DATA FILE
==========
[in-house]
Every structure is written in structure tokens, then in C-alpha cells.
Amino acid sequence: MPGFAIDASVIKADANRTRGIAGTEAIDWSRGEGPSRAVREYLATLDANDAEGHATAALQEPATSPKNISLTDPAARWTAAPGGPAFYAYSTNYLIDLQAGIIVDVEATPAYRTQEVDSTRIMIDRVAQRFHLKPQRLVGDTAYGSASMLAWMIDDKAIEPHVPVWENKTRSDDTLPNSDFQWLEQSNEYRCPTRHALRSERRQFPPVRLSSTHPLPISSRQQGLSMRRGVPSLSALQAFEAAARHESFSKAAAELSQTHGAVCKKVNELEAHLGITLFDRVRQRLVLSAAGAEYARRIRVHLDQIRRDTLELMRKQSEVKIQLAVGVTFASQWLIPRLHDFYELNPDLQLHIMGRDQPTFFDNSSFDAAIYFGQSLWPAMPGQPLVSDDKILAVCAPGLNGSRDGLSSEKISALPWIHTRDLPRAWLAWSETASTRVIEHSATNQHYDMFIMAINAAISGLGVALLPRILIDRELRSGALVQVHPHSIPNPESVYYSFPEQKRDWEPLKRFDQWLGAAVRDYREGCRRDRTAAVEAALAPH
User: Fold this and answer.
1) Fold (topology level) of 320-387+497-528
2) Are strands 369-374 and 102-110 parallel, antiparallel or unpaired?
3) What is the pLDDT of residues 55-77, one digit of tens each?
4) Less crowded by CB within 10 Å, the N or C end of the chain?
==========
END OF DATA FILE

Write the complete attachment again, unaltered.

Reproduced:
[in-house]
Every structure is written in structure tokens, then in C-alpha cells.
Amino acid sequence: MPGFAIDASVIKADANRTRGIAGTEAIDWSRGEGPSRAVREYLATLDANDAEGHATAALQEPATSPKNISLTDPAARWTAAPGGPAFYAYSTNYLIDLQAGIIVDVEATPAYRTQEVDSTRIMIDRVAQRFHLKPQRLVGDTAYGSASMLAWMIDDKAIEPHVPVWENKTRSDDTLPNSDFQWLEQSNEYRCPTRHALRSERRQFPPVRLSSTHPLPISSRQQGLSMRRGVPSLSALQAFEAAARHESFSKAAAELSQTHGAVCKKVNELEAHLGITLFDRVRQRLVLSAAGAEYARRIRVHLDQIRRDTLELMRKQSEVKIQLAVGVTFASQWLIPRLHDFYELNPDLQLHIMGRDQPTFFDNSSFDAAIYFGQSLWPAMPGQPLVSDDKILAVCAPGLNGSRDGLSSEKISALPWIHTRDLPRAWLAWSETASTRVIEHSATNQHYDMFIMAINAAISGLGVALLPRILIDRELRSGALVQVHPHSIPNPESVYYSFPEQKRDWEPLKRFDQWLGAAVRDYREGCRRDRTAAVEAALAPH
User: Fold this and answer.
1) Fold (topology level) of 320-387+497-528
2) Are strands 369-374 and 102-110 parallel, antiparallel or unpaired?
3) What is the pLDDT of residues 55-77, one digit of tens each?
4) Less crowded by CB within 10 Å, the N or C end of the chain?